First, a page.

Readers of this blog will have seen this week the report by portfolio-adviser.com (@PortfAdviser) that the FCA has dismissed claims that it was too slow to act to the Woodford and M&G fund blow-ups:
In fairness to the FCA (bear with me), their perceived omissions and its basic failure to accord WEIF investors with some kind of “protection” are symptomatic of the historical attitude of European financial regulators to the UCITs model. The genesis of UCITs was as a liquid investment product, highly regulated and regarded as “safe” for investment by small, retail investors. But for more than a decade the UCITs envelope has been pushed by EU states and regulators to allow managers more and more able to replicate, sometimes in a synthetic way, riskier investment techniques traditionally available only to managers of hedge funds. Under UCITs rules, Illiquid investments have a very circumscribed place in the fund’s portfolio, but increasingly financial regulators in Luxembourg have permitted the shoehorning of illiquid assets into UCITS and UCITs wrappers. The FCA, doubtless under pressure to maintain London’s competitiveness with Luxembourg and Ireland, has simply followed suit.
One positive outcome of the Woodford saga would be a revision by the FCA of UCITs rules and an attendant evaluation of the risk analysis that ought to be applied to a series of model UCITs portfolios and investment strategies within the parameters and constraints of the current UCITs rules. The current regime allows some managers, if they are so inclined, to materially shift the risk profile of their UCITS fund, after taking investors’ money. This cannot be permitted to continue unchecked.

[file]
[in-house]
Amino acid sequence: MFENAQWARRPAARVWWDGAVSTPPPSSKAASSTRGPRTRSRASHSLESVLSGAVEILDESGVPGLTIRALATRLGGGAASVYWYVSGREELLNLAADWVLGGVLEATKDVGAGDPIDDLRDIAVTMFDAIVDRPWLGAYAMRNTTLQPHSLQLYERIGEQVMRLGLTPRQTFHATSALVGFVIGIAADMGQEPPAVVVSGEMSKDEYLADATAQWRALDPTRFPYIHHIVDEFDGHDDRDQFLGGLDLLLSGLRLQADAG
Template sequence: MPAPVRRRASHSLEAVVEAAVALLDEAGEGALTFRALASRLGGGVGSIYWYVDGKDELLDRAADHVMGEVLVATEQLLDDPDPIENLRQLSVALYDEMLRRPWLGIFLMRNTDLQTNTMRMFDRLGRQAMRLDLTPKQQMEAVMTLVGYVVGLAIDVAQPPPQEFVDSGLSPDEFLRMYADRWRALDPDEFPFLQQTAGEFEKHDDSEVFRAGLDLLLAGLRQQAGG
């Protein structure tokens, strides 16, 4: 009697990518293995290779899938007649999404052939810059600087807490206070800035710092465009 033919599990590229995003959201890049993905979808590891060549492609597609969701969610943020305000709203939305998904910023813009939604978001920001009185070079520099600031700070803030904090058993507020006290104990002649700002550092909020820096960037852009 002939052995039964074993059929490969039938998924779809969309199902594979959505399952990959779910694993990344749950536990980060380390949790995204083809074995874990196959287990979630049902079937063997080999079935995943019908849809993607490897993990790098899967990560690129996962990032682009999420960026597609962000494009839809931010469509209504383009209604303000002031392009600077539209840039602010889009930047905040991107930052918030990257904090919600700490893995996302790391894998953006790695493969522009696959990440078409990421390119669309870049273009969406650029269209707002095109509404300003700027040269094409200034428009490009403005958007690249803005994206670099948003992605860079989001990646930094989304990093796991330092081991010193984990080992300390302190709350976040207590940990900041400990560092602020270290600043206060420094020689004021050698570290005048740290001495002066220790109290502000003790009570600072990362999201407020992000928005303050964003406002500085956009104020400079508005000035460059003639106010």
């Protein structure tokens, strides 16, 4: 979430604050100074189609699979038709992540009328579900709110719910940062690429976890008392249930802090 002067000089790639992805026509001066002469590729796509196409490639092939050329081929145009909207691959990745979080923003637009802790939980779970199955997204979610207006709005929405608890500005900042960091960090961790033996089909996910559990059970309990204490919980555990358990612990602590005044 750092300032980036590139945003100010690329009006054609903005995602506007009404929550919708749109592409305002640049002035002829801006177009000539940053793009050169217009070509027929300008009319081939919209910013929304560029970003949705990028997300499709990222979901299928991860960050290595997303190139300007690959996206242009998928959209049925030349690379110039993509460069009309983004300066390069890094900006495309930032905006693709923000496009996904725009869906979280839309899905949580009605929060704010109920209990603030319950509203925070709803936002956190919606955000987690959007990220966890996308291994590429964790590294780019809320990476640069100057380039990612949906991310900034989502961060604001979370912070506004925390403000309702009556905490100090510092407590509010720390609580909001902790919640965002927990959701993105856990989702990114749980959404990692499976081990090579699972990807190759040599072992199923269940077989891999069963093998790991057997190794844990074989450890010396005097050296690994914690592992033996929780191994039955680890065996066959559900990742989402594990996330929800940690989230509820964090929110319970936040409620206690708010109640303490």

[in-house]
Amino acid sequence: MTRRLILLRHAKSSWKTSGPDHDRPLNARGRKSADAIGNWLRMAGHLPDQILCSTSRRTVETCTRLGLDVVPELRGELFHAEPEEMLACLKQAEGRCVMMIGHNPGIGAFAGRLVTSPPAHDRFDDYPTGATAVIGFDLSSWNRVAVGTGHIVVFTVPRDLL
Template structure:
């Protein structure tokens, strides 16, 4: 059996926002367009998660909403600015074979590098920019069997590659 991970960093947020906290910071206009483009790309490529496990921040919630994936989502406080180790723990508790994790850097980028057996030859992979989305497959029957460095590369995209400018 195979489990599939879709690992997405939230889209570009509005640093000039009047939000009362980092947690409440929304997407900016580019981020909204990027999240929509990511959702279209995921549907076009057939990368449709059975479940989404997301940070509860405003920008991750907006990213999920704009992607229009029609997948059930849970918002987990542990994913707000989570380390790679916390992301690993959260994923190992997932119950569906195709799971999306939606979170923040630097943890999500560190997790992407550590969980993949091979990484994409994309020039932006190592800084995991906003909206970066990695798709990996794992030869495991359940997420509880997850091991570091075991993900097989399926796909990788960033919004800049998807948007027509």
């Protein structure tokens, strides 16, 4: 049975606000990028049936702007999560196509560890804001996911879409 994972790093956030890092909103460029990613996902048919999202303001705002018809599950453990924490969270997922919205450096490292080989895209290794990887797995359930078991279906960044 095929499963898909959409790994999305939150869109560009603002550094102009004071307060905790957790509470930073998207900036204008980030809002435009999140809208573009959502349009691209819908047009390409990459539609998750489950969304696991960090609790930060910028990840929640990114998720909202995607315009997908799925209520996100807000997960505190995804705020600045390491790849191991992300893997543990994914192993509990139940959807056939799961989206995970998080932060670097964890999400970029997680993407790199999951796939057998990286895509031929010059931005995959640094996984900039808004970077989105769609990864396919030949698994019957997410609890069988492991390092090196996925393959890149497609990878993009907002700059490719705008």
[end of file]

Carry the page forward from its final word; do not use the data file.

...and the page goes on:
Now, all this will be of small consolation to the thousands of Woodford investors whose only current recourse, they are told, is potentially against an outfit with whom many of them had only a tangental relationship (commercially speaking, at least): Hargreaves Lansdown. We all agree that Woodford’s investors have been ill-used, and the ambulance-chasing law firms that are solicitous of their confidence would do well to moderate some of the representations that they are making about the susceptibility of Hargreaves Lansdown to legal recourse: https://matthewfeargrieve.blogspot.com/
As for Mr. Woodford? In China, as a prelude to flogging a new fund, apparently. Meanwhile, in other news: coronavirus …
Matthew Feargrieve is an investment funds consultant. You can read more of his blogs here: https://matthewfeargrieve.blogspot.com/